November 30, 2020

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Comptroller’s report reveals lack of internal controls in Ponce operations

The audit of five findings indicates that $ 308,569 was paid for excess vacation without having documented the need for service for the payment of the excess from 2015 to 2016

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San Juan – The Office of the Comptroller of Puerto Rico issued on Tuesday, a qualified opinion of the fiscal operations of the Municipality of Ponce.

The Report reveals that from 2015 to 2018 the Municipality of Ponce and the Municipal Legislature had a total of 69 positions approved in the trust service, 19 in excess of the limit established in the Law. The maximum number of positions of trust for municipalities with more of 50,000 inhabitants is 30; which can be expanded by ordinance to 50 depending on the functional complexity or size of the municipality.

The audit of five findings indicates that $ 308,569 was paid for excess vacation without having documented the need for service for the excess payment from 2015 to 2016. The Law 81-1991 of Autonomous Municipalities empowers the mayors to authorize the payment of the excess of 60 days of vacation leave via exception. However, the Director of Human Resources certified that there is no evidence of need in the files.

The Municipality of Ponce paid $ 53,131 in air maintenance services for the Fair Complex, which corresponded to pay to the managing entity of the Complex, according to the contract formalized in 2013 between the Corporación de Empresas del Municipio Autónomo de Ponce (Municipal Corporation) and the managing entity.

In fact, the Report comments that the managing entity hired by the Municipal Corporation to manage the Fair Complex, generated revenues of $ 2,180,469 from 2013 to 2016, of which the Corporation has not received economic benefits. The first contract with the managing entity established that the Municipal Corporation would receive as payment of rent, 25 percent of the net profit of the entity. The second contract of July 2013, valid for 10 years, determined that the Corporation would receive 37.5 percent of the gross income generated in excess of 1.8 million dollars, as payment of rent.

In addition, the construction of the Fair Complex was carried out with a federal loan from the Community Development Block Grant (CDBG) for $ 17,600,000. The loan contract had established that the Municipality agreed to comply with the repayment guarantees, originating, among others, from the income generated from the use or rental of the property built with CDBG funds.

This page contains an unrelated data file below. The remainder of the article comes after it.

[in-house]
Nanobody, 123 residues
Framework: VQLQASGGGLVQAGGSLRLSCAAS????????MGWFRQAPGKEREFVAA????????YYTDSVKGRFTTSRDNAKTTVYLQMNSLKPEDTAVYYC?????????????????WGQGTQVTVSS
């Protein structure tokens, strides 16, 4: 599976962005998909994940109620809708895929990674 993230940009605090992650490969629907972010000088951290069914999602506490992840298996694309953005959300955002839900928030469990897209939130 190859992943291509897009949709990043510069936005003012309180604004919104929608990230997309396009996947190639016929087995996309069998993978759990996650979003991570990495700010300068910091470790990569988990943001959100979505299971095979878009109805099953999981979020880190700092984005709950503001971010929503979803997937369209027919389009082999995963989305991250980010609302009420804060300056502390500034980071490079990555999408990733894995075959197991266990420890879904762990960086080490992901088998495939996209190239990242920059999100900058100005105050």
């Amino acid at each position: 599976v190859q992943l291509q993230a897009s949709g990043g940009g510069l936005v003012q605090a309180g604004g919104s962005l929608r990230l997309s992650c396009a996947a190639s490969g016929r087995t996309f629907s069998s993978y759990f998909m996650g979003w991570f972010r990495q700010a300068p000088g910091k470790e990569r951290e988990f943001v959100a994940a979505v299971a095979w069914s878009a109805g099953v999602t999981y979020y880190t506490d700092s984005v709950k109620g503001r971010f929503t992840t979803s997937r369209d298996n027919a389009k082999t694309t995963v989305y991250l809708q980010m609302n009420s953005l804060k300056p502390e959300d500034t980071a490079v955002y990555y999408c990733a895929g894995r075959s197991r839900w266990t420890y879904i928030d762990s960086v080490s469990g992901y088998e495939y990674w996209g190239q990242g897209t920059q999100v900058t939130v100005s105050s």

This possible deficiency was referred to the Inspector General of the United States Department of Housing and Urban Development (HUD) on August 20, 2019 for evaluation and corresponding action.

On the other hand, the Comptroller’s auditors identified that the two property managers who ceased their functions in 2014 and 2017, did not carry out an inventory of personal property, nor did the Finance directors request it. Similar situations had been commented on in Audit Report M-13-07 of 2012. As of August 2, 2017, the Municipality had an inventory of 72,219 personal property units valued at $ 70,503,805.

A service agreement formalized with the Puerto Rico Public School Improvement Office in 2014, for $ 242,135, was not submitted for approval by the Municipal Legislature, a situation that prevented the Legislature from evaluating the need and reasonableness of the agreement. .

The audit comments that the Municipality has 50 civil cases pending resolution in the Courts for $ 9,711,347 as of December 31, 2018.

The Report recommends that the Office of Management and Budget ensure that the Municipality complies with the Corrective Action Plan established by the Comptroller of Puerto Rico.

This second and last Ponce Report covers the period from July 1, 2014 to December 30, 2017, and is available at

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